Segregation and Mobility in Economic Activity: Deriving Features and Drivers from Income and Spending Patterns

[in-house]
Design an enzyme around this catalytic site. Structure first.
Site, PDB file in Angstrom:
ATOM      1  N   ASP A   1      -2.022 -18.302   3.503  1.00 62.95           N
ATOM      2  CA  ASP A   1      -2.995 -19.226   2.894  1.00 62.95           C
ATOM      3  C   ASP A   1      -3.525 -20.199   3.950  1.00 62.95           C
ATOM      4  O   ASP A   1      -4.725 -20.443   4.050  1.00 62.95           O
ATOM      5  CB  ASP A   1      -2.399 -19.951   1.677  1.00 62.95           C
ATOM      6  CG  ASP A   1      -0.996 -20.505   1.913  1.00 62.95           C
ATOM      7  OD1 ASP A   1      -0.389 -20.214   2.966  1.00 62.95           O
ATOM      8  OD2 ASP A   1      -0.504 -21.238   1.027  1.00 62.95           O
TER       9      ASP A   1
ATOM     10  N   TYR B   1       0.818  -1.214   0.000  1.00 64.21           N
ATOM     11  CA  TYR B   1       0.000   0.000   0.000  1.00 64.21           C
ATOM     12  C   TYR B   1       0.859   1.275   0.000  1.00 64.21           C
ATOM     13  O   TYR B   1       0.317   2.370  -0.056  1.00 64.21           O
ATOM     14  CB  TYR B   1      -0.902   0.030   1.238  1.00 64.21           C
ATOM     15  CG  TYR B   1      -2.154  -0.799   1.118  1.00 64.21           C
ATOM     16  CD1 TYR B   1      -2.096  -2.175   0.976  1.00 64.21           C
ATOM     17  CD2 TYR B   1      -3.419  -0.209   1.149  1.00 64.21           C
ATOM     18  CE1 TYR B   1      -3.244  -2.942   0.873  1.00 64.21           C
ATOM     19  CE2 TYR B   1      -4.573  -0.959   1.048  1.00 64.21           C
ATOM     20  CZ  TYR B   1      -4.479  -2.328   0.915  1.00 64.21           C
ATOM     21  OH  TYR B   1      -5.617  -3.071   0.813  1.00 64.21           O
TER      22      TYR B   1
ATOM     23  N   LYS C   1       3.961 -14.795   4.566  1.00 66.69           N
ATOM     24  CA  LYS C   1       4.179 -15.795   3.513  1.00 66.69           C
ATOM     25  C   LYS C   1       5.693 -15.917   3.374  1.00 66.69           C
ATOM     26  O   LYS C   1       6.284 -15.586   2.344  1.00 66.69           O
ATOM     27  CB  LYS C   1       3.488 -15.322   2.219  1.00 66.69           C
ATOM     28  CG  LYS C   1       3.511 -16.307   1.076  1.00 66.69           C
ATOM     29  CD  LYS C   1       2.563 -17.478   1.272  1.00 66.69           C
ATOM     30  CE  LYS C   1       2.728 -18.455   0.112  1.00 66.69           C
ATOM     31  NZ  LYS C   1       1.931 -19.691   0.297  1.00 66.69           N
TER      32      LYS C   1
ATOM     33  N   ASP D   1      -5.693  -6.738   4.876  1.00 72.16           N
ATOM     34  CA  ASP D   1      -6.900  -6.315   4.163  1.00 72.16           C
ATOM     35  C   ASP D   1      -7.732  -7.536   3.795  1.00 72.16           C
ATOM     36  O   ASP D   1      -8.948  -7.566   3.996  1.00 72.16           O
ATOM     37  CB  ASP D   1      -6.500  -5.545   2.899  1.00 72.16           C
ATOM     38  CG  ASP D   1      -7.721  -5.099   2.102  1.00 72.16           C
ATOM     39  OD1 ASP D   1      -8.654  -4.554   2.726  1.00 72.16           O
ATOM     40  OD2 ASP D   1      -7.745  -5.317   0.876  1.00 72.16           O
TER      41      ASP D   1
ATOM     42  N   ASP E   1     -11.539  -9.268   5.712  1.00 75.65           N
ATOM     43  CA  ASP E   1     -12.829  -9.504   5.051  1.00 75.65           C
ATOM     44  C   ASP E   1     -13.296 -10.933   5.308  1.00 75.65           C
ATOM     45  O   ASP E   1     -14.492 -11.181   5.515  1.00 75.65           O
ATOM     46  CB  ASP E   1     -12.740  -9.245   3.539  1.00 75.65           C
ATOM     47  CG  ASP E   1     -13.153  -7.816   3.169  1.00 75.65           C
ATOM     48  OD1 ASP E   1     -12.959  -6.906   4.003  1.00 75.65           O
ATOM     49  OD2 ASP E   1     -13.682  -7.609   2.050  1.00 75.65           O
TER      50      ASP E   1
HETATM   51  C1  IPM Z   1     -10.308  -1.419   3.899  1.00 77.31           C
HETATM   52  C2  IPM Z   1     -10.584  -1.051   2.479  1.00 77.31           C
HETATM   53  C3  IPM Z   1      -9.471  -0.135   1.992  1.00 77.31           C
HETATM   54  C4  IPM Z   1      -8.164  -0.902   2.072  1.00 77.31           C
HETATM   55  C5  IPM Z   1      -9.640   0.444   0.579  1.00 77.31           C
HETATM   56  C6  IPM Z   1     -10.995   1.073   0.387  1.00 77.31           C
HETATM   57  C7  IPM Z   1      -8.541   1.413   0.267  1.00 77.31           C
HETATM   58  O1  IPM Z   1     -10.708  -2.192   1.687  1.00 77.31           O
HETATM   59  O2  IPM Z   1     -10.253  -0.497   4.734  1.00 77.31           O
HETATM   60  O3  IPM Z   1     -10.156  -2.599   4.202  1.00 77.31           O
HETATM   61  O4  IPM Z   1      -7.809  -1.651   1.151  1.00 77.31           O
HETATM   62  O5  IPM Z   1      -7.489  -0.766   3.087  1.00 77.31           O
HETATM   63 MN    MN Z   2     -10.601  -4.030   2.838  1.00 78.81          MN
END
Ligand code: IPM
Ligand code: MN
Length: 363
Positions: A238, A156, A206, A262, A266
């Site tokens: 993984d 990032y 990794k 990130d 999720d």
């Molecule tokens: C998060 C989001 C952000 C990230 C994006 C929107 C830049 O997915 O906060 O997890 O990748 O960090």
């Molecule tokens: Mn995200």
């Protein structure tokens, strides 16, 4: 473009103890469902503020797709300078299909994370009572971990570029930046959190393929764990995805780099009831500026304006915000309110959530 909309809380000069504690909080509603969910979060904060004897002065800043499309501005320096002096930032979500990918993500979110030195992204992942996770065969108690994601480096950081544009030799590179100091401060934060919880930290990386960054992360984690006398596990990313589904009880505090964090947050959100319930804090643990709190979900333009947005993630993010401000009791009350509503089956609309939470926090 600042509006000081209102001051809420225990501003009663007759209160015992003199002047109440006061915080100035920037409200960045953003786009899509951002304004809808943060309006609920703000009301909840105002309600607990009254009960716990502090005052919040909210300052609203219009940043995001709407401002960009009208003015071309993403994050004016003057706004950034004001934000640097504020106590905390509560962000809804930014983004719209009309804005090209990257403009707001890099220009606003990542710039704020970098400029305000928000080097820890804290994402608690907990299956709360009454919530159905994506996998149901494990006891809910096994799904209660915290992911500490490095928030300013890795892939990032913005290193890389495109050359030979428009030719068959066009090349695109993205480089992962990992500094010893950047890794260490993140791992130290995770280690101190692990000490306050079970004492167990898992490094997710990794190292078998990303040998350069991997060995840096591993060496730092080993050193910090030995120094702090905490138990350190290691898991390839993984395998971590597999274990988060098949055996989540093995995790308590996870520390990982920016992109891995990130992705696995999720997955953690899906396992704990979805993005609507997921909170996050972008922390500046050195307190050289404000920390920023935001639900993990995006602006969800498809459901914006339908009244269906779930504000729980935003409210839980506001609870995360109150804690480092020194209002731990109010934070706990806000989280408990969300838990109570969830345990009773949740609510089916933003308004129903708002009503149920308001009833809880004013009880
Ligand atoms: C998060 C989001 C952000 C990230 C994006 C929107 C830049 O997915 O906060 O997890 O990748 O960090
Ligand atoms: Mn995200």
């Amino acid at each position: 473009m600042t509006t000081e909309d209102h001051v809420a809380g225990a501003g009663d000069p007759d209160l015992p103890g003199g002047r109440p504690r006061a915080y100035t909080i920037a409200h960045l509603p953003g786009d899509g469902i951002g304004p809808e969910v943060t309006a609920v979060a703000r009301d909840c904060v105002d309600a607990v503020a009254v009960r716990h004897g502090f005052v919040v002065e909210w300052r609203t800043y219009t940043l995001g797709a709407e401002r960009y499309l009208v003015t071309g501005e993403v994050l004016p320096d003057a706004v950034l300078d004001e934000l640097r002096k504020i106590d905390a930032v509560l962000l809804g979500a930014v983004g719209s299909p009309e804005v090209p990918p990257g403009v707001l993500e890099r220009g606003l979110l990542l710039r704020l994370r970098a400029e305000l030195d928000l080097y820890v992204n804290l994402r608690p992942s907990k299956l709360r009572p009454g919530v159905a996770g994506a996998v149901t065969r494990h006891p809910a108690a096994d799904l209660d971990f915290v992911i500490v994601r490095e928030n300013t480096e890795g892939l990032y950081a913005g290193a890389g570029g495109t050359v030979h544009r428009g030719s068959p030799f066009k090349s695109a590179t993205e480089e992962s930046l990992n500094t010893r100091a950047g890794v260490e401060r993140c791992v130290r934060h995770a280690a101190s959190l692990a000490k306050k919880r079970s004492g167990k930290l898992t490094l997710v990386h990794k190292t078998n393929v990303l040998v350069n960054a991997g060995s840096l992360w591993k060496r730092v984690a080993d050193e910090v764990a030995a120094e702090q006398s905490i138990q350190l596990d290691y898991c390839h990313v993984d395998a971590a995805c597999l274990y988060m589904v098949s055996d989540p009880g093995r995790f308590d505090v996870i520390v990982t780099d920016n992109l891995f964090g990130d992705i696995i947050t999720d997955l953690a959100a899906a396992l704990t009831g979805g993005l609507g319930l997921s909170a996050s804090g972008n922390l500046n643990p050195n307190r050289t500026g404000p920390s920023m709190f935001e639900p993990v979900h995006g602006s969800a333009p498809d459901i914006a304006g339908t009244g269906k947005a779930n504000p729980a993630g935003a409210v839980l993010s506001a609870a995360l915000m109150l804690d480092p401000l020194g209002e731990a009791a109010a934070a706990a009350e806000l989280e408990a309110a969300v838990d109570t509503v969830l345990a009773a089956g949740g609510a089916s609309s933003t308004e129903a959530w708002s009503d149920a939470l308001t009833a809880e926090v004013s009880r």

Abstract: In this paper, we study the dynamics of income and spending behaviors using panel data spreading 10 years (2006-2016) and containing 3,5 million clients from the belgian market of a large european bank. For this representative sample of the belgian population, we collect every transactions statement at the individual level, as well as a wide range of individual characteristics (e.g. loan debt, age, postal code, marital status, etc.). First, we identify distinct clusters based on income and spending behavior using a selected set of individual characteristics data. We then study the evolution of each cluster over time. Furthermore, we characterise transfer flows of individuals from one cluster to another. When an individual moves from one cluster to another, we study other changes that subsequently take place in aspects of the economic behavior of the individual that is not part of the clustering method. Doing so, we are able to study economic and social mobility at a large and representative scale of the country population showing clear cases of intra-generational mobility upwards and downwards as well as the effects of mobility on other dimensions of individual’s economic life. This work offers a map of a country’s population relative economic dynamics, which factors come into play, and what second order effects may in turn occur. The results are relevant to discussions of government policy intended to identify and promote upwards trends for the welfare of its population.